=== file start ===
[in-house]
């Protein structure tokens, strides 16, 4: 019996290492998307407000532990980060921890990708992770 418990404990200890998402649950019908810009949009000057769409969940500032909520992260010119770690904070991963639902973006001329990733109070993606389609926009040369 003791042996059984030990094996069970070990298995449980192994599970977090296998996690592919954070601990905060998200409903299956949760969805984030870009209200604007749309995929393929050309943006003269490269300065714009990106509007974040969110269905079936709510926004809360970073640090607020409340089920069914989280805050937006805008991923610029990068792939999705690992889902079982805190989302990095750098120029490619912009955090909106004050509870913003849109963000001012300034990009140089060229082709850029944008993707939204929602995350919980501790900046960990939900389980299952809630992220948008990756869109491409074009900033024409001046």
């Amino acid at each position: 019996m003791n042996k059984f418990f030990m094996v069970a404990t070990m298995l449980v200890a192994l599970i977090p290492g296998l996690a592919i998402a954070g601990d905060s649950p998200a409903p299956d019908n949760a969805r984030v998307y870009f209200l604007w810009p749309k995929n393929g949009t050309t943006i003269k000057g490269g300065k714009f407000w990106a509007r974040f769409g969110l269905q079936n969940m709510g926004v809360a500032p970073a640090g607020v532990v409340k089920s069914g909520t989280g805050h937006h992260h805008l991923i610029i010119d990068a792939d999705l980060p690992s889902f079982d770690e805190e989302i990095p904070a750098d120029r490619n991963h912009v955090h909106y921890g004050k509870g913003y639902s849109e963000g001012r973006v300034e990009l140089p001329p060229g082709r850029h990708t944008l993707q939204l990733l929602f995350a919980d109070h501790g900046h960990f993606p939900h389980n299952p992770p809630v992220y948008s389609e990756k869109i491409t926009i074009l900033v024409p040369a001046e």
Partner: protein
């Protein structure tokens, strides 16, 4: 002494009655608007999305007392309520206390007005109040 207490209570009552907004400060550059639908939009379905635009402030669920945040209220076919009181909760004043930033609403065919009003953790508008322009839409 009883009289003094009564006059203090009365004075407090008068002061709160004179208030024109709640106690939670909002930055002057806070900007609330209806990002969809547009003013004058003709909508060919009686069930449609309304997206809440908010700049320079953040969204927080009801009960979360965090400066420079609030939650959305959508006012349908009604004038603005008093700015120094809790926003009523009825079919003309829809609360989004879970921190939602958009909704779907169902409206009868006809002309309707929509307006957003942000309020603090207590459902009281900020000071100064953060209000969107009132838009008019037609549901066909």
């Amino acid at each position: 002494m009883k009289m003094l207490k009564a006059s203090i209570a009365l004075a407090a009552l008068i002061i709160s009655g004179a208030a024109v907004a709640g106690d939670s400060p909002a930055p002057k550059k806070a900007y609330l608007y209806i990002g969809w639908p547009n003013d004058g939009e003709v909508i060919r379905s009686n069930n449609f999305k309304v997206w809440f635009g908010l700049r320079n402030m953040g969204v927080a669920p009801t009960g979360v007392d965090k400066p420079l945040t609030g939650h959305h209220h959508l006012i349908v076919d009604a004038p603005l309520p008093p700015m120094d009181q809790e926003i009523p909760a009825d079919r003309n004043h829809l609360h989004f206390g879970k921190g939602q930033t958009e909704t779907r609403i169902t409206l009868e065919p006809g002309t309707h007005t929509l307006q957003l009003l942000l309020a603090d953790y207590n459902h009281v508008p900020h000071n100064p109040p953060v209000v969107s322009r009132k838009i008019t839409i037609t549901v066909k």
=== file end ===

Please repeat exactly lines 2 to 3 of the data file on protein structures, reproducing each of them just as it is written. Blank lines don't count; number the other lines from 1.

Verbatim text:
């Protein structure tokens, strides 16, 4: 019996290492998307407000532990980060921890990708992770 418990404990200890998402649950019908810009949009000057769409969940500032909520992260010119770690904070991963639902973006001329990733109070993606389609926009040369 003791042996059984030990094996069970070990298995449980192994599970977090296998996690592919954070601990905060998200409903299956949760969805984030870009209200604007749309995929393929050309943006003269490269300065714009990106509007974040969110269905079936709510926004809360970073640090607020409340089920069914989280805050937006805008991923610029990068792939999705690992889902079982805190989302990095750098120029490619912009955090909106004050509870913003849109963000001012300034990009140089060229082709850029944008993707939204929602995350919980501790900046960990939900389980299952809630992220948008990756869109491409074009900033024409001046």
């Amino acid at each position: 019996m003791n042996k059984f418990f030990m094996v069970a404990t070990m298995l449980v200890a192994l599970i977090p290492g296998l996690a592919i998402a954070g601990d905060s649950p998200a409903p299956d019908n949760a969805r984030v998307y870009f209200l604007w810009p749309k995929n393929g949009t050309t943006i003269k000057g490269g300065k714009f407000w990106a509007r974040f769409g969110l269905q079936n969940m709510g926004v809360a500032p970073a640090g607020v532990v409340k089920s069914g909520t989280g805050h937006h992260h805008l991923i610029i010119d990068a792939d999705l980060p690992s889902f079982d770690e805190e989302i990095p904070a750098d120029r490619n991963h912009v955090h909106y921890g004050k509870g913003y639902s849109e963000g001012r973006v300034e990009l140089p001329p060229g082709r850029h990708t944008l993707q939204l990733l929602f995350a919980d109070h501790g900046h960990f993606p939900h389980n299952p992770p809630v992220y948008s389609e990756k869109i491409t926009i074009l900033v024409p040369a001046e």